Noting, Recognizing


I have been working on a certain “track” on this website called Happify. The track is called “Mindfulness at Work: The Modern Secret to Success”. Within it are many meditations which have been helpful to the way I meditate. I’ve heard many times that while meditating to see your thoughts as passing clouds and to focus on the breath. I liked this image, but in this most recent practice, I’ve been learning about being very specific about those thoughts and noting them. For example: remembering, planning, wandering, picturing. Usually, when we take a moment to note things that come up, our mind doesn’t get so caught up with them and we can then return to noting the rising and falling of our breath. I have also learned that one shouldn’t try to control the breath during meditation. This is because meditation is practice for being mindful in daily life, which is not controlled. With breathing naturally, it can actually be a little more challenging to note the breath after a while, but it is a neutral and more realistic state. The things that come up in our lives that can cause us to be reactionary, are usually not in our control. Meditation is a practice of noting without judgment so that we aren’t so reactionary. It is meant to be a training for leading a more peaceful life.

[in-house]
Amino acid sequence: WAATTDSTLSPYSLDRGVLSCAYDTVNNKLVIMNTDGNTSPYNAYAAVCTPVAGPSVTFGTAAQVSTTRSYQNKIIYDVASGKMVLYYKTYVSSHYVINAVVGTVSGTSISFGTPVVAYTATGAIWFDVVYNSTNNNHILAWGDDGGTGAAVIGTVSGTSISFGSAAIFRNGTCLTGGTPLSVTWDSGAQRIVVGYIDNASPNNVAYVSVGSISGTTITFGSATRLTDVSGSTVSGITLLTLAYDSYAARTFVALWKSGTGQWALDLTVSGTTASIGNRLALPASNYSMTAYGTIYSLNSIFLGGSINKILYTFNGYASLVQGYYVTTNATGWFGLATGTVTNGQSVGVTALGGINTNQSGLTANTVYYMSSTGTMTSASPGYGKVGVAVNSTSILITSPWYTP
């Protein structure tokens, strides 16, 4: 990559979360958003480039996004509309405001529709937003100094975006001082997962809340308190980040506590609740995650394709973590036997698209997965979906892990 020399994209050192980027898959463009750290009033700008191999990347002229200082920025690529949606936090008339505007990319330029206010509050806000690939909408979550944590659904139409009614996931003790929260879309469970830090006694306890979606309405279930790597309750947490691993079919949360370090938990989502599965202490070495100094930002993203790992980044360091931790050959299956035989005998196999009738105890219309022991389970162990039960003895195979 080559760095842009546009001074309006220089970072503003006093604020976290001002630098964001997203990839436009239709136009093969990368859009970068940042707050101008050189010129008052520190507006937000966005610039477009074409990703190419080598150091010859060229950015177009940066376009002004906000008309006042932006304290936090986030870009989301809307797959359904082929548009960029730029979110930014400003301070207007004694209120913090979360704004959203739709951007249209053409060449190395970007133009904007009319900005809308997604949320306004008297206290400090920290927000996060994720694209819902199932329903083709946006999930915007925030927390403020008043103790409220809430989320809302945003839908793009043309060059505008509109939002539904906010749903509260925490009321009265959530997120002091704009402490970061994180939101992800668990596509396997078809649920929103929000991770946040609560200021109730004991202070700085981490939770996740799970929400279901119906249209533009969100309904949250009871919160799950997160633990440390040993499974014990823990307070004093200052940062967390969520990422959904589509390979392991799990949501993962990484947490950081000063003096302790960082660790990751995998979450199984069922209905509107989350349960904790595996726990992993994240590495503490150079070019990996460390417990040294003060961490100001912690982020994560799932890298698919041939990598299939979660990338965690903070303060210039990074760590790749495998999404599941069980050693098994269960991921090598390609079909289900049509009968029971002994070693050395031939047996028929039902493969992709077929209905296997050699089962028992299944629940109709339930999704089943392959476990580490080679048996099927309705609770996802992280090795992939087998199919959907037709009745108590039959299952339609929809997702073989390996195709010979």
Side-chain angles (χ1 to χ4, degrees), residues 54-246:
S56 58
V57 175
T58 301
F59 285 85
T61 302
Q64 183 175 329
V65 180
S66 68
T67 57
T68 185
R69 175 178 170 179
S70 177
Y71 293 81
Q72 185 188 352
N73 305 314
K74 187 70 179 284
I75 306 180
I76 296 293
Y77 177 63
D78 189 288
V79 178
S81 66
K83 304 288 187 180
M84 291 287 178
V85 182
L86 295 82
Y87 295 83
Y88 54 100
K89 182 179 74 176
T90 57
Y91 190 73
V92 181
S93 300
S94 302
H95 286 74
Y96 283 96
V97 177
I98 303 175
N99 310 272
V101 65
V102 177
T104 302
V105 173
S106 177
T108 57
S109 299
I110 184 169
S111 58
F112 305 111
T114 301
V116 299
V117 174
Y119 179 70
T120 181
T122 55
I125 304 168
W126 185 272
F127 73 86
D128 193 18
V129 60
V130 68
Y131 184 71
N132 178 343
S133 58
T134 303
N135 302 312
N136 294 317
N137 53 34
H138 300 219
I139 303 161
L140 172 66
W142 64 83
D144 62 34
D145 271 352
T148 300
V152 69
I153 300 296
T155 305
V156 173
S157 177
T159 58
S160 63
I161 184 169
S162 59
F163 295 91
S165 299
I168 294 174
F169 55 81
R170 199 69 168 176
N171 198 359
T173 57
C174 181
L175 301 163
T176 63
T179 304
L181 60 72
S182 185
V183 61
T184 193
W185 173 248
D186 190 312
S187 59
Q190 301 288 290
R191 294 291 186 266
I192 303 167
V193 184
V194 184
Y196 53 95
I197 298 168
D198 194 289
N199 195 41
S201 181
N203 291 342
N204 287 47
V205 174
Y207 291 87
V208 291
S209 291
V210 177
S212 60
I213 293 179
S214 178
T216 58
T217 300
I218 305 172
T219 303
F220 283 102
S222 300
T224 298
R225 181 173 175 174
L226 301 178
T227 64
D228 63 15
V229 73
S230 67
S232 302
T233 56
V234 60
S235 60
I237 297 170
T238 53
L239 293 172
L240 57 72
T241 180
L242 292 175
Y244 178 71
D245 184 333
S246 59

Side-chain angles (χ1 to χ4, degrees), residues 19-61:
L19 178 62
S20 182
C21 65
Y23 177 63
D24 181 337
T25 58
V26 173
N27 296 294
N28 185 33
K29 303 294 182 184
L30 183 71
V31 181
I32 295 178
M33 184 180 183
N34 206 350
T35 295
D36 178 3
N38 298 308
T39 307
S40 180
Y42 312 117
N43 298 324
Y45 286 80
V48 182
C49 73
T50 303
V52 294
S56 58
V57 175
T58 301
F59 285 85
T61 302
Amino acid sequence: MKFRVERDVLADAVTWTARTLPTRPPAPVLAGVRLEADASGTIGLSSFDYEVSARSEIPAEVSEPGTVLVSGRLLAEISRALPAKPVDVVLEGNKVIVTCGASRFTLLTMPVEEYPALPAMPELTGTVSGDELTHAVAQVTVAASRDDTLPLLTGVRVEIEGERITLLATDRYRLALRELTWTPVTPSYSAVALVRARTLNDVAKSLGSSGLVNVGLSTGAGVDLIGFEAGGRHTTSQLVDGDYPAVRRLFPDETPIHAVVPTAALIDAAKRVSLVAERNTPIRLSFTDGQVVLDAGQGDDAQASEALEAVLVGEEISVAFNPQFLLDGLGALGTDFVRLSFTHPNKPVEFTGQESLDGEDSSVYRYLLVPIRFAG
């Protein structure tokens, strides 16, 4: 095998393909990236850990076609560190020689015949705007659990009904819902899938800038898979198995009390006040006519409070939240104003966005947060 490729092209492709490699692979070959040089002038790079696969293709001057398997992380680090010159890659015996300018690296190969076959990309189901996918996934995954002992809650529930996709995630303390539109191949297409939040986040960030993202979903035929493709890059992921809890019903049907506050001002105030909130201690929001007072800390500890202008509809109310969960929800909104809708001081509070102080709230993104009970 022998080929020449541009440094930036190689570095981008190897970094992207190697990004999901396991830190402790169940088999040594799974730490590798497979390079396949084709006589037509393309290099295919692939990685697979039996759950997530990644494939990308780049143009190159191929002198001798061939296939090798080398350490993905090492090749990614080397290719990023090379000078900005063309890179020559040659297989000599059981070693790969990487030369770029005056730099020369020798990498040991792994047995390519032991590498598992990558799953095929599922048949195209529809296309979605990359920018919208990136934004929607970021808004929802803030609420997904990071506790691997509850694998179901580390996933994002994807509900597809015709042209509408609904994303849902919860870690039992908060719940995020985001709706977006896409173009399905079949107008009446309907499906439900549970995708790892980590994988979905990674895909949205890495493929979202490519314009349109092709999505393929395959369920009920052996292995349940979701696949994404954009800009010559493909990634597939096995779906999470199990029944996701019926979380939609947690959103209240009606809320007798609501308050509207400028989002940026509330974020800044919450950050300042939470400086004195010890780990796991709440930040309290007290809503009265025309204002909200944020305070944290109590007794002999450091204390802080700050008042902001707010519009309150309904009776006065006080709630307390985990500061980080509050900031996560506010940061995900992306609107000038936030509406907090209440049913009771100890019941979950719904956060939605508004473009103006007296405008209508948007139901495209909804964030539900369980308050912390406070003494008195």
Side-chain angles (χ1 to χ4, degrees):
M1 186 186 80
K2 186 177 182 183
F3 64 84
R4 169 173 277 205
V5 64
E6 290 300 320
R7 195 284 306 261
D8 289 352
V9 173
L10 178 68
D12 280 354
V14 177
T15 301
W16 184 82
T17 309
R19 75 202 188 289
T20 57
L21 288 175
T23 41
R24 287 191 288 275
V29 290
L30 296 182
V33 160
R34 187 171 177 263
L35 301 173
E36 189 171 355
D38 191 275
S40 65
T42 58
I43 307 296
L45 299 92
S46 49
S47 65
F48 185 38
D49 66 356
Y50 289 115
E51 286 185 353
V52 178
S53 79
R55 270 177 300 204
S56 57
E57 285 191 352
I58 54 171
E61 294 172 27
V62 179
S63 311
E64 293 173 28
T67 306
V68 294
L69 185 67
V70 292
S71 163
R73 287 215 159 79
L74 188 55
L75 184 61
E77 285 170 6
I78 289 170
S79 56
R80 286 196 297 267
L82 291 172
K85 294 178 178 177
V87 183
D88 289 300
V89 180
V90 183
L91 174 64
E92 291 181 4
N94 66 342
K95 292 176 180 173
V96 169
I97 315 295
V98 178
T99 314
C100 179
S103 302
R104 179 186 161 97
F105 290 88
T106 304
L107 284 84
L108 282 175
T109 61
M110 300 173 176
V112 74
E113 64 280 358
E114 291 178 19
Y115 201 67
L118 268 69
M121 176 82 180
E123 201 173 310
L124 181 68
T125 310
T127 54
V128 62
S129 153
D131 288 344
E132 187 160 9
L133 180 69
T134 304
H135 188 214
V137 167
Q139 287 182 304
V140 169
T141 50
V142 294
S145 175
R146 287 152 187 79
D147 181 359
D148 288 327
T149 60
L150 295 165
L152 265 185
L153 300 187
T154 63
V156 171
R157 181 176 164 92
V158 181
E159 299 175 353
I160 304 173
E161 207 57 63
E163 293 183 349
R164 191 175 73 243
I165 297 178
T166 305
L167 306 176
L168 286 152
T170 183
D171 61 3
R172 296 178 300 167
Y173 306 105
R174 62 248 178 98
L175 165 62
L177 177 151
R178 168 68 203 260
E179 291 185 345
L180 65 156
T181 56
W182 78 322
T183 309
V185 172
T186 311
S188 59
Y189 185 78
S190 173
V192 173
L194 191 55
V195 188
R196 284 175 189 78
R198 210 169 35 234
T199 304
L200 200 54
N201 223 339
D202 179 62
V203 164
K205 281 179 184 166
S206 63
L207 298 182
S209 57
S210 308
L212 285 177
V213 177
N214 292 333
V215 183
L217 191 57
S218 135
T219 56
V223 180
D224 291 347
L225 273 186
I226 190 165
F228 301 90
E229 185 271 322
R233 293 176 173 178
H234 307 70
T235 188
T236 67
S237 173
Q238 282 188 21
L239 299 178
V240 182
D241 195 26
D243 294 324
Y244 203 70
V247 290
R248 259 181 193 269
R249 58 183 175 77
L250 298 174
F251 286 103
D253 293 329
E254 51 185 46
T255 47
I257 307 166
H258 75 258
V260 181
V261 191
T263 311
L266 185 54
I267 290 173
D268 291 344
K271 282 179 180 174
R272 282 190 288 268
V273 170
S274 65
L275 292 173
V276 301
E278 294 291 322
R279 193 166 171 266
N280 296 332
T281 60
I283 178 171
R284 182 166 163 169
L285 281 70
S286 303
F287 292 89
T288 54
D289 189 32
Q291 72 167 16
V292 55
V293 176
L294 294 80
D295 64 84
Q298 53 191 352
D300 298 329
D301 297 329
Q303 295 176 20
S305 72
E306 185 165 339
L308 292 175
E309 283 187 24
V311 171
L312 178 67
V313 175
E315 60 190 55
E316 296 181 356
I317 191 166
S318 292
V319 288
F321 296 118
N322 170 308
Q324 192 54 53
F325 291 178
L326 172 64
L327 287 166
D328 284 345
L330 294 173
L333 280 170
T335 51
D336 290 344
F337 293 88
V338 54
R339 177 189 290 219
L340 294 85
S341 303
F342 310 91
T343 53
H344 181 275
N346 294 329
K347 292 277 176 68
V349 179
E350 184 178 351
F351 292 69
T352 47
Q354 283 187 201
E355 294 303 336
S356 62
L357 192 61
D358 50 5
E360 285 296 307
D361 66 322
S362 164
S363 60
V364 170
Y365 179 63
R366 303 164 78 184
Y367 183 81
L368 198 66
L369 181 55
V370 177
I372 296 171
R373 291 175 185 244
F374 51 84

I think that yoga can be such a great tool for that very same reason. Or even just exercise in general. When your mind is so present and it is often just noting a single action at once. “Push”, “engage”, “one, two, three..”, “lift”, “left, right”. And usually the breath has a big part in the movements too.

On a slightly different note, I’ve been finding myself resisting starting certain things for the fear of lacking originality or function. But, some wisdom I’ve been hearing is to recognize that I am unique and so is everyone else. If someone doesn’t appreciate the project I did, I did it for myself, which is not a bad thing at all. Sometimes following a feeling or thought that comes up in say, meditation, can be productive. Also, realizing that the act of allowing doesn’t always mean that you’re indulgent, but in fact can keep you on track in a more sustainable way. It’s about finding the balance between yielding and being firm. It’s about enduring, lasting like a tree that has gone through many storms.

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